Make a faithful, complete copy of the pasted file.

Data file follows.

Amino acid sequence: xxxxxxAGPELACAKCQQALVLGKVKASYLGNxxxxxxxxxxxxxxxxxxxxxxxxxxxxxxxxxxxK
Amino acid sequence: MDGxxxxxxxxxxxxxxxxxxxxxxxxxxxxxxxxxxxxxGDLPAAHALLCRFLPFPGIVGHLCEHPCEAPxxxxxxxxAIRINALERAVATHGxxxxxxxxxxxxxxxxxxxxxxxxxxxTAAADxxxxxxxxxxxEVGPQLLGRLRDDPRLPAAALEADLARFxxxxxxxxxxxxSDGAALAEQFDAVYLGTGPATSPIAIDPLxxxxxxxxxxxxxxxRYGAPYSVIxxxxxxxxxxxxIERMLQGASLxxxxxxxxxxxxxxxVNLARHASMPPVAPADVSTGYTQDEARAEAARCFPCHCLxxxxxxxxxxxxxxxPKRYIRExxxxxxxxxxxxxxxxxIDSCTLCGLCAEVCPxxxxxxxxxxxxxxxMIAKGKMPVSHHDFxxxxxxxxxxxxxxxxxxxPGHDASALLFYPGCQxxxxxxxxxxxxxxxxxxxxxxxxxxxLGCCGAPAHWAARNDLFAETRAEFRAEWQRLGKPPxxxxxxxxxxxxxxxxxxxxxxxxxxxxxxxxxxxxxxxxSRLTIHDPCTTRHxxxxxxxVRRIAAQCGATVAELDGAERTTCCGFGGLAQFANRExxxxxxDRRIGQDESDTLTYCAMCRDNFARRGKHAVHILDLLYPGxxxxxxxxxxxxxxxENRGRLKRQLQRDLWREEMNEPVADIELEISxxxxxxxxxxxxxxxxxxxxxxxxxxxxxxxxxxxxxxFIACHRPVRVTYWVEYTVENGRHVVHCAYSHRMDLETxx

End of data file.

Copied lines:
Amino acid sequence: xxxxxxAGPELACAKCQQALVLGKVKASYLGNxxxxxxxxxxxxxxxxxxxxxxxxxxxxxxxxxxxK
Amino acid sequence: MDGxxxxxxxxxxxxxxxxxxxxxxxxxxxxxxxxxxxxxGDLPAAHALLCRFLPFPGIVGHLCEHPCEAPxxxxxxxxAIRINALERAVATHGxxxxxxxxxxxxxxxxxxxxxxxxxxxTAAADxxxxxxxxxxxEVGPQLLGRLRDDPRLPAAALEADLARFxxxxxxxxxxxxSDGAALAEQFDAVYLGTGPATSPIAIDPLxxxxxxxxxxxxxxxRYGAPYSVIxxxxxxxxxxxxIERMLQGASLxxxxxxxxxxxxxxxVNLARHASMPPVAPADVSTGYTQDEARAEAARCFPCHCLxxxxxxxxxxxxxxxPKRYIRExxxxxxxxxxxxxxxxxIDSCTLCGLCAEVCPxxxxxxxxxxxxxxxMIAKGKMPVSHHDFxxxxxxxxxxxxxxxxxxxPGHDASALLFYPGCQxxxxxxxxxxxxxxxxxxxxxxxxxxxLGCCGAPAHWAARNDLFAETRAEFRAEWQRLGKPPxxxxxxxxxxxxxxxxxxxxxxxxxxxxxxxxxxxxxxxxSRLTIHDPCTTRHxxxxxxxVRRIAAQCGATVAELDGAERTTCCGFGGLAQFANRExxxxxxDRRIGQDESDTLTYCAMCRDNFARRGKHAVHILDLLYPGxxxxxxxxxxxxxxxENRGRLKRQLQRDLWREEMNEPVADIELEISxxxxxxxxxxxxxxxxxxxxxxxxxxxxxxxxxxxxxxFIACHRPVRVTYWVEYTVENGRHVVHCAYSHRMDLETxx